Inheriting an IRA can be a financial boon to a beneficiary. If the beneficiary is aware of all of their options when they inherit an IRA, they may be able to defer the tax implications of the IRA and further increase the financial benefits of the inheritance.

Today we are discussing traditional non-spousal inherited IRAs. This general information does not include IRA’s inherited from a spouse or Roth IRAs.

Depending on the decedent’s age when they passed away, a few options exist for the treatment of the IRA. An account owner over 70 ½ must begin receiving required minimum distributions from the IRA by April 1 of the year after he or she reaches age 70 ½. If the decedent had already reached their required beginning date for minimum distributions, a designated beneficiary has two options with the inheritance:

1) Take a lump-sum distribution of the entire balance or
2) Take annual minimum distributions based on the beneficiary’s single life expectancy or, if longer, the owner’s remaining single life expectancy

If the account owner died before reaching the required beginning date, the beneficiary has a third option of withdrawing all of the funds in the IRA account by the end of the year containing the 5th anniversary of the decedents death.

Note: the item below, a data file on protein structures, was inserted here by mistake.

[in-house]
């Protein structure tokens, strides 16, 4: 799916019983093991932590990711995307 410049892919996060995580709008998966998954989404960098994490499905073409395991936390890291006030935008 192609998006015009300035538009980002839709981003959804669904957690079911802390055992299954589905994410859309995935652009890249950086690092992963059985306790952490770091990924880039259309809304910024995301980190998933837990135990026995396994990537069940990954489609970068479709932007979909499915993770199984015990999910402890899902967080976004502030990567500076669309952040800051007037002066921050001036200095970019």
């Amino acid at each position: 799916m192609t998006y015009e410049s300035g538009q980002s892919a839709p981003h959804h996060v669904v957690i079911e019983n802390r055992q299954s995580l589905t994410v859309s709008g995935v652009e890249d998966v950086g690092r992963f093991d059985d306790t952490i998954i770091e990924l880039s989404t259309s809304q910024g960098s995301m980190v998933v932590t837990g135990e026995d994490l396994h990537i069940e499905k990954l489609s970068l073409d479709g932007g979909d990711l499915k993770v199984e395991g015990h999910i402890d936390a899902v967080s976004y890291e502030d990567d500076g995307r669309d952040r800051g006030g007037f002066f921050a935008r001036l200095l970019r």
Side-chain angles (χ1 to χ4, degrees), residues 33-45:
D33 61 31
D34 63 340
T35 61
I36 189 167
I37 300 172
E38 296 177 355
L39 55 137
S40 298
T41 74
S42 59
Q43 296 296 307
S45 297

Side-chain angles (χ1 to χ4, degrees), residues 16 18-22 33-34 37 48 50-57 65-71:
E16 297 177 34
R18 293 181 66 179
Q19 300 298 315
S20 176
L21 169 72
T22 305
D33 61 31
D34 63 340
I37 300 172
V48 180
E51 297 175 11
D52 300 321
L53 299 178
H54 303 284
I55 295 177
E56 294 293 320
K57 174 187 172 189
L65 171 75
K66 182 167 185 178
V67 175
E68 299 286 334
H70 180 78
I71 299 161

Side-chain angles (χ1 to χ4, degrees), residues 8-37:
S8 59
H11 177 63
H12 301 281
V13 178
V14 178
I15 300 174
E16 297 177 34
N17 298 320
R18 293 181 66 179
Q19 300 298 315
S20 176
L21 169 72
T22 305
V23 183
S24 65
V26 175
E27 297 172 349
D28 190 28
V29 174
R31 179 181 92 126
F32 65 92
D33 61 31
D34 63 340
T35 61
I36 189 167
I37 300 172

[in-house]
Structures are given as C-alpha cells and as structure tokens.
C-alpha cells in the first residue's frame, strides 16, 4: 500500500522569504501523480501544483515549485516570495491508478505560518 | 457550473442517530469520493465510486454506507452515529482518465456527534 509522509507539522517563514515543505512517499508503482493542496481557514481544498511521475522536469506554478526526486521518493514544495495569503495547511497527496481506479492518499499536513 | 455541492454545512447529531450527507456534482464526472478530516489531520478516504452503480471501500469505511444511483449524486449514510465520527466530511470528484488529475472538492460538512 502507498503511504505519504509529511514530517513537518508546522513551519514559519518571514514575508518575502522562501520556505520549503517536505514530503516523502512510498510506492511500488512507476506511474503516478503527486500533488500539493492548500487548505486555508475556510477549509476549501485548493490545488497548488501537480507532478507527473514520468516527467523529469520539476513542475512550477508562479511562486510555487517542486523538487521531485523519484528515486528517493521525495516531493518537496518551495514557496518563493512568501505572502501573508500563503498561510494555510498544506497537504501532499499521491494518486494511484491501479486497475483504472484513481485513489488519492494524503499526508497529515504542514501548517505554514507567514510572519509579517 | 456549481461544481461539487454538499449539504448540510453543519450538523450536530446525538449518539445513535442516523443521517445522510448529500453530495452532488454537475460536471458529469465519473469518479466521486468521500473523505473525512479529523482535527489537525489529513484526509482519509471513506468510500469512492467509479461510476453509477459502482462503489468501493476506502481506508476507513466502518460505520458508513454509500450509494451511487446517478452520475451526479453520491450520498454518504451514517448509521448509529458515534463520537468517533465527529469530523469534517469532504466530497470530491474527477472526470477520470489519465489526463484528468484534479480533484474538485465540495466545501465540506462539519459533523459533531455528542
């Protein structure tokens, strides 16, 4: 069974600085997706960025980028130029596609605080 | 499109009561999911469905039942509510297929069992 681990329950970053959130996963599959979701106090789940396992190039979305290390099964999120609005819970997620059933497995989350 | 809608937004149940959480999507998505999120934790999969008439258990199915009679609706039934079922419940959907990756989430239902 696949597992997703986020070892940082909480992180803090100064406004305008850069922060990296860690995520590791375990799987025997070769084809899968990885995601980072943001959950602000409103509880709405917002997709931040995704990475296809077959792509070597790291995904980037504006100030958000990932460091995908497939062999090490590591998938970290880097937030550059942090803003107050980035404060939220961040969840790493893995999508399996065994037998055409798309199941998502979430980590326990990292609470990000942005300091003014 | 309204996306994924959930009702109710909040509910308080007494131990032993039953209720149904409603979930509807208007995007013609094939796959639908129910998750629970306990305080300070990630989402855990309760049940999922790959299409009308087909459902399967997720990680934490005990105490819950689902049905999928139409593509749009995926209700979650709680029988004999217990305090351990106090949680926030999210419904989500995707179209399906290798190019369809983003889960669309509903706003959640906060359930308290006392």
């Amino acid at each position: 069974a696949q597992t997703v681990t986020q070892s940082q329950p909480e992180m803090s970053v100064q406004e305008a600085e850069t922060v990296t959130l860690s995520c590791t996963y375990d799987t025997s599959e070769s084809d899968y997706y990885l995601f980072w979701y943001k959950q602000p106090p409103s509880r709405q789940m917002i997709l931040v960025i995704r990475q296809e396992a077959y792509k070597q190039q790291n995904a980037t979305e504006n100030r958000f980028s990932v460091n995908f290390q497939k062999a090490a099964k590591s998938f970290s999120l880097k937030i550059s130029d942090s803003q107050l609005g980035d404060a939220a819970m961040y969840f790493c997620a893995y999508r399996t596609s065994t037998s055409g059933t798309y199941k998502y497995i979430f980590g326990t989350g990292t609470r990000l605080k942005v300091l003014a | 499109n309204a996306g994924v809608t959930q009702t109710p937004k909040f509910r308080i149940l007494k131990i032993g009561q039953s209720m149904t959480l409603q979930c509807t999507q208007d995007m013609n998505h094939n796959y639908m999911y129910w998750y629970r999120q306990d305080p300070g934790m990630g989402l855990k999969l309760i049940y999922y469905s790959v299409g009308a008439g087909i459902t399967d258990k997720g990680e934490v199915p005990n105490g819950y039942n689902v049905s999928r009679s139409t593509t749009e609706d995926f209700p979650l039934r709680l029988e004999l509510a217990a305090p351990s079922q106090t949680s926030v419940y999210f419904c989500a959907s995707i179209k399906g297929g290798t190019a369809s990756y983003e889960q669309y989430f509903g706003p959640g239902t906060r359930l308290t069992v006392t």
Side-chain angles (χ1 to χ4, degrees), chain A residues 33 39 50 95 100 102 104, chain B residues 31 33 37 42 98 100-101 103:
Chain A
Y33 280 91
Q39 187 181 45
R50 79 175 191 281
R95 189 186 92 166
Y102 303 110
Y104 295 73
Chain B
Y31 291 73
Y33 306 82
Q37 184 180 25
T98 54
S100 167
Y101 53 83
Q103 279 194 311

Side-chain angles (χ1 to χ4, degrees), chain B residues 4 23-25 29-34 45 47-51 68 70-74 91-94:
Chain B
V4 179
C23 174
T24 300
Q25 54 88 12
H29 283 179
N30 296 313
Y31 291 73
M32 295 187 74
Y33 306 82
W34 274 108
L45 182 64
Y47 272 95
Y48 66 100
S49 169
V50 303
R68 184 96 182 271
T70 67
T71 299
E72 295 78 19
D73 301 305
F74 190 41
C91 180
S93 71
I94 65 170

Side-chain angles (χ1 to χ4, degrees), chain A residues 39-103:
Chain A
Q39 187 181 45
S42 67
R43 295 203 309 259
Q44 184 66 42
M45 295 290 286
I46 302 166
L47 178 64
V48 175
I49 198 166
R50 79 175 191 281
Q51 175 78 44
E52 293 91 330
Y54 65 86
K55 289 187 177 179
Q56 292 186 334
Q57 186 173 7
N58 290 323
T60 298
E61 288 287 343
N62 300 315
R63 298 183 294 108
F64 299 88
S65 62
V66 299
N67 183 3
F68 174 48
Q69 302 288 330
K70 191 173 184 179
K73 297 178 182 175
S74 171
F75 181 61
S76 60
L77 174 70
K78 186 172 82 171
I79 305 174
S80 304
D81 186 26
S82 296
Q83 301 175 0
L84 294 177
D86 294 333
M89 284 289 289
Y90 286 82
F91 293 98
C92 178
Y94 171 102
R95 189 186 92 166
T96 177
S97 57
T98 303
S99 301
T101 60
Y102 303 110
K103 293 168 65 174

Taking a lump-sum distribution may incur a sizable tax bite. The ability to stretch the distributions over several tax years can often result in less tax being paid overall. It also provides an opportunity for the investments within the IRA to continue to grow, creating wealth for the beneficiary.

The rules surrounding inherited IRA’s are complex and may vary depending on circumstances such as whether or not the beneficiary was a designated beneficiary. In addition, there are a significant number of details such as the requirement to title inherited IRA’s correctly, meet certain deadlines, and take annual minimum distributions. Many of the rules surrounding inherited IRA’s are quite quirky and a single misstep could cause unintended tax consequences.

If you inherit an IRA the most important thing to do is to meet with a tax professional prior to taking any other action and make sure you understand all of the options available and how they impact your personal tax circumstances.

To find out more about inheriting an IRA or to discuss your particular situation, please contact us.